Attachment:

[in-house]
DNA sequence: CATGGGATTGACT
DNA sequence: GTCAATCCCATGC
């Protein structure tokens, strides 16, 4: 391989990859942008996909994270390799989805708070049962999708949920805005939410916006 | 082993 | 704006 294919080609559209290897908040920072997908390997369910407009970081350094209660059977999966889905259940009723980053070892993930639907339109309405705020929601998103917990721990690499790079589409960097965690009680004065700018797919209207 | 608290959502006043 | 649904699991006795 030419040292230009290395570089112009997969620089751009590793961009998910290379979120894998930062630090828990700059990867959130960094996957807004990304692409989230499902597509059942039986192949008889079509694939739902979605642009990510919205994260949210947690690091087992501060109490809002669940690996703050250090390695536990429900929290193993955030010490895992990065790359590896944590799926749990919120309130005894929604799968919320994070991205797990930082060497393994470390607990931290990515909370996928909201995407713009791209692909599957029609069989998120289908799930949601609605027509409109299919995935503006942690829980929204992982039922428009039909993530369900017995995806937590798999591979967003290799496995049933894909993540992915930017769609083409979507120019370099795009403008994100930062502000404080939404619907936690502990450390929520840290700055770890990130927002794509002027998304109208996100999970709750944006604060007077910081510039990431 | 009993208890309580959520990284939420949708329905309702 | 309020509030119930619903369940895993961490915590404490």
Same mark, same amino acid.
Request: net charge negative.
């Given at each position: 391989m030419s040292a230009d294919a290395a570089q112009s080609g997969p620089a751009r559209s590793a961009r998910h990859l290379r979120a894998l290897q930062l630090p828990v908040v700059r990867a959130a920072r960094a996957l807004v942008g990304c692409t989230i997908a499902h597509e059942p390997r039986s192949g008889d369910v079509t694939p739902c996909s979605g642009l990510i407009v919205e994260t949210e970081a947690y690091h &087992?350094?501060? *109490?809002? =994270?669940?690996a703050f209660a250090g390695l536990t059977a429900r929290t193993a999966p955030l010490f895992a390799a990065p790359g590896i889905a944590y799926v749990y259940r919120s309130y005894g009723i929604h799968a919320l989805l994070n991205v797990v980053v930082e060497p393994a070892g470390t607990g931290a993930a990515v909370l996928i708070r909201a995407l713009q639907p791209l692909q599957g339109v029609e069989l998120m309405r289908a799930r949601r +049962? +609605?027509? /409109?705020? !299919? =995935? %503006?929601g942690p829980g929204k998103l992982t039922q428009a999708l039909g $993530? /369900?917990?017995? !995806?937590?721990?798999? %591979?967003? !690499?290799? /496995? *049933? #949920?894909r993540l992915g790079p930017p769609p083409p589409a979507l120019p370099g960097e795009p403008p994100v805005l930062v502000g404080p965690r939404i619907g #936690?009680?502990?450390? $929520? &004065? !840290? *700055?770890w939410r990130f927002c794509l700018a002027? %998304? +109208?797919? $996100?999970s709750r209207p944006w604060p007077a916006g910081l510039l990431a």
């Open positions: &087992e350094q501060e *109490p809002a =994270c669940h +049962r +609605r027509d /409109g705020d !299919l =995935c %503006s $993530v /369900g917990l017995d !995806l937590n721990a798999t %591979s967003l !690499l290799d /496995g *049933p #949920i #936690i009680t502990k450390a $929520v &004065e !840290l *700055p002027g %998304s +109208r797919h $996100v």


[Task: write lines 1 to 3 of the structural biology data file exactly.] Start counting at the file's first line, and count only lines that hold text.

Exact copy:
[in-house]
DNA sequence: CATGGGATTGACT
DNA sequence: GTCAATCCCATGC